First off, I hope that everyone is staying safe and healthy during these turbulent times. We at the Career & Internship Center know COVID-19 has added stress and uncertainty to our lives at school, work, and home. I wanted to start off the quarter by sharing a quick Q&A and resources that we have compiled about spring and summer internships, both searching for them and conducting them. I will also note that this information is subject to change as new information becomes available so please check-in regularly to make sure you’ve got the most up to date info. You can read more on our student-facing FAQ page here.
What is the Career & Internship Center doing now?
- We have moved all of our spring quarter appointments, workshops, and events online. Our schedule is still packed with helpful content and you can check out all of our virtual offerings online here.
- We developed a Frequently Asked Questions (FAQ) page for students on all things related to career. Many of the FAQs relate to spring and summer quarter internships and I encourage you to check that out as well.
How is job/internship search affected?
- We know that employers are still recruiting for spring and summer opportunities, though potentially less than in years past. We are still receiving hundreds of job and internship postings a week on Handshake, and many employers have indicated they still plan to run their summer internship programs.
- We still encourage you to actively apply for opportunities, but recognize that employers also face uncertainty about their capacity to take on interns or new hires. You should still plan to submit high quality applications, but temper expectations and acknowledge that this will not be a typical hiring cycle for all employers.
Should I conduct my spring internship?
- Here is a snippet from Student FAQ page about our recommendations for spring internships:
- If you can conduct your internship remotely, that is the most ideal solution at this time. By conducting your internship from home, you reduce your potential risk of exposure, practice good social distancing as recommended by the Center for Disease Control (CDC), and still complete work vital to your organization. Talk with your site supervisor about the potential to work remotely for the duration of your spring quarter internship. In addition, Governor Inslee announced a 2-week “Stay at Home” order for all Washingtonians on Monday, March 23 for non-essential businesses. Talk with your employer about whether your organization is still open and come up with a plan for your internship accordingly. Be sure to consider the following questions in your planning: Are employees still coming in to work? What measures are being taken to mitigate exposure to others? What will the nature of your work be given the circumstances? If you and your employer agree on a plan that works for both of you and takes your health and safety into account, then you are welcome to complete your internship as discussed. Finally, UW Schools and Colleges are recommending that students complete all experiential learning opportunities remotely for spring quarter. You can read the message from College of Arts & Sciences Dean, Bob Stacey, here and how it will impact experiential learning courses for spring 2020.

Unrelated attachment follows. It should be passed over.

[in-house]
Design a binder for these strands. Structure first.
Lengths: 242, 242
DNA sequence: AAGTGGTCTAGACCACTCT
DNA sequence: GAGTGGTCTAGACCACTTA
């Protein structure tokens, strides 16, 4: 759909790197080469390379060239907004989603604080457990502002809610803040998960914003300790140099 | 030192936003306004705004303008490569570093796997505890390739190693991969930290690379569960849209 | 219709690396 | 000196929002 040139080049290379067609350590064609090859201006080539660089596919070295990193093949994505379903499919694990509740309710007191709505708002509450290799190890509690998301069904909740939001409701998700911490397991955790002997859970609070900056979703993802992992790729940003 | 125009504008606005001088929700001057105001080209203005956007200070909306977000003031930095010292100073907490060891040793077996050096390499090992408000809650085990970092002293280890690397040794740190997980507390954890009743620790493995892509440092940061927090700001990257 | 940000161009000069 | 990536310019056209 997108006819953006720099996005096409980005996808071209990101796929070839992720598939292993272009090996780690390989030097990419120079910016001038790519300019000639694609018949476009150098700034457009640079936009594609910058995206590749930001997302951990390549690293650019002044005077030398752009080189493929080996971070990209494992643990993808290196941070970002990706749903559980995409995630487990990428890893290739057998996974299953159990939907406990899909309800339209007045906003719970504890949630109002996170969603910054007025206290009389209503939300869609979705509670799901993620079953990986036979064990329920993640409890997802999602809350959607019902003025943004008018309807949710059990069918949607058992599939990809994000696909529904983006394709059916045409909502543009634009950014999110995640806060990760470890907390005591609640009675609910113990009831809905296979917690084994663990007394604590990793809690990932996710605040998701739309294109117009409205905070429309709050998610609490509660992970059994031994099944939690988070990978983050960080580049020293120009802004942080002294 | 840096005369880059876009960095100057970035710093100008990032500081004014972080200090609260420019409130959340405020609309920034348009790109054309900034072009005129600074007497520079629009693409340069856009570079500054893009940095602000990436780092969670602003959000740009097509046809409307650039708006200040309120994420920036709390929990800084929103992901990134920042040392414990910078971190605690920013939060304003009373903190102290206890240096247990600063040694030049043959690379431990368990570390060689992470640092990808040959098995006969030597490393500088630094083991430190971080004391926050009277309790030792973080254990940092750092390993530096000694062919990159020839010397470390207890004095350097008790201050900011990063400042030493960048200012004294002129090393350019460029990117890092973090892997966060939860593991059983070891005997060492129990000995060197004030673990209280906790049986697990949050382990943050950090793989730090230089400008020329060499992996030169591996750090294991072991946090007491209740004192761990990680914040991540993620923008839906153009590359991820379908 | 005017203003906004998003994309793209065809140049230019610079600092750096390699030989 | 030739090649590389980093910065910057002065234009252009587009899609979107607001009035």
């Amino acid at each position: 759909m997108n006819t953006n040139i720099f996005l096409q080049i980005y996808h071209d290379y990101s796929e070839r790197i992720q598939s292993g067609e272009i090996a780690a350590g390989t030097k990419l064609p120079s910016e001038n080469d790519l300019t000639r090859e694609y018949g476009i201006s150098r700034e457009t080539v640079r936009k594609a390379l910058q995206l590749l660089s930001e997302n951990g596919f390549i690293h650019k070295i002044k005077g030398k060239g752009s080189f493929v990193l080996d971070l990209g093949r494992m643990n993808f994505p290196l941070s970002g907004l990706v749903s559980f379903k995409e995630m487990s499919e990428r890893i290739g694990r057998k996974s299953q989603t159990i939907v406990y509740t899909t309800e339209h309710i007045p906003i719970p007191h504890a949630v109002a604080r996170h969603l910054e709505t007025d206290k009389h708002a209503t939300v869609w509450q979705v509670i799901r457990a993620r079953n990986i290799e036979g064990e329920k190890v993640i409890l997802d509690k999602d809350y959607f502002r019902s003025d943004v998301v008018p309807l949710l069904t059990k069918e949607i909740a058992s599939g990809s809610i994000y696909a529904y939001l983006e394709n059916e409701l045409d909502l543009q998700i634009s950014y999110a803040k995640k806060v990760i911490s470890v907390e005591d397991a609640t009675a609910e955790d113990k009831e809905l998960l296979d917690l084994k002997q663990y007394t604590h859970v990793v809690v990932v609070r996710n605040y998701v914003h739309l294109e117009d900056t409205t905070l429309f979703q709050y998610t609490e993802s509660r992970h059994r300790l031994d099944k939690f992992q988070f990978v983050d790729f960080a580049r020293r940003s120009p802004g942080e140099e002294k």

How are internships courses for credit affected?
- Internship and other experiential learning courses should be offered as usual for spring quarter. Our course, GEN ST 350 will still be offered. However, UW schools and colleges have provided guidance that these experiential opportunities should be conducted remotely.
- Here is a message for College of Arts & Sciences Dean, Bob Stacey, about experiential learning for spring 2020. Other UW schools and colleges may follow similar guidance.
- If you are enrolled in an internship class, contact your instructor/academic adviser to ask if any of the eligibility or requirements for the course have changed.
If you have any additional questions, email me Dan Herb, Internship Success Manager, at firstname.lastname@example.org. Stay safe!